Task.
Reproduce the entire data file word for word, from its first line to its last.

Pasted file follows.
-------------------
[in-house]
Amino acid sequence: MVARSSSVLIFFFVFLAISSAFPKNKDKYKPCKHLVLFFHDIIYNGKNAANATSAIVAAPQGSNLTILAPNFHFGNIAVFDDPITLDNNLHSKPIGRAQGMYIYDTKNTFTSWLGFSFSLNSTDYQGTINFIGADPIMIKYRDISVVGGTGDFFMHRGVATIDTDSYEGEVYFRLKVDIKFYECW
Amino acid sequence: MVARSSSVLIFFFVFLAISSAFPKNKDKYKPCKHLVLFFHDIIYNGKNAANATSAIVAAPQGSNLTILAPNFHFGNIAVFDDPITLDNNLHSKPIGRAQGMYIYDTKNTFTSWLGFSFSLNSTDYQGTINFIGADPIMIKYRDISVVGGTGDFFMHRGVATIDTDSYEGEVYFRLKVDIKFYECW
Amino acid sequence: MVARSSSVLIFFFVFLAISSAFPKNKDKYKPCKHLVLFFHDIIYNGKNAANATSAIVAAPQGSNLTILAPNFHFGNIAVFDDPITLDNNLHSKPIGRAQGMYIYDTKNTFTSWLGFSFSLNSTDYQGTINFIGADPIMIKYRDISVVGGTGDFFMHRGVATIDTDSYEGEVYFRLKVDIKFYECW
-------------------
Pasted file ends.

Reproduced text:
[in-house]
Amino acid sequence: MVARSSSVLIFFFVFLAISSAFPKNKDKYKPCKHLVLFFHDIIYNGKNAANATSAIVAAPQGSNLTILAPNFHFGNIAVFDDPITLDNNLHSKPIGRAQGMYIYDTKNTFTSWLGFSFSLNSTDYQGTINFIGADPIMIKYRDISVVGGTGDFFMHRGVATIDTDSYEGEVYFRLKVDIKFYECW
Amino acid sequence: MVARSSSVLIFFFVFLAISSAFPKNKDKYKPCKHLVLFFHDIIYNGKNAANATSAIVAAPQGSNLTILAPNFHFGNIAVFDDPITLDNNLHSKPIGRAQGMYIYDTKNTFTSWLGFSFSLNSTDYQGTINFIGADPIMIKYRDISVVGGTGDFFMHRGVATIDTDSYEGEVYFRLKVDIKFYECW
Amino acid sequence: MVARSSSVLIFFFVFLAISSAFPKNKDKYKPCKHLVLFFHDIIYNGKNAANATSAIVAAPQGSNLTILAPNFHFGNIAVFDDPITLDNNLHSKPIGRAQGMYIYDTKNTFTSWLGFSFSLNSTDYQGTINFIGADPIMIKYRDISVVGGTGDFFMHRGVATIDTDSYEGEVYFRLKVDIKFYECW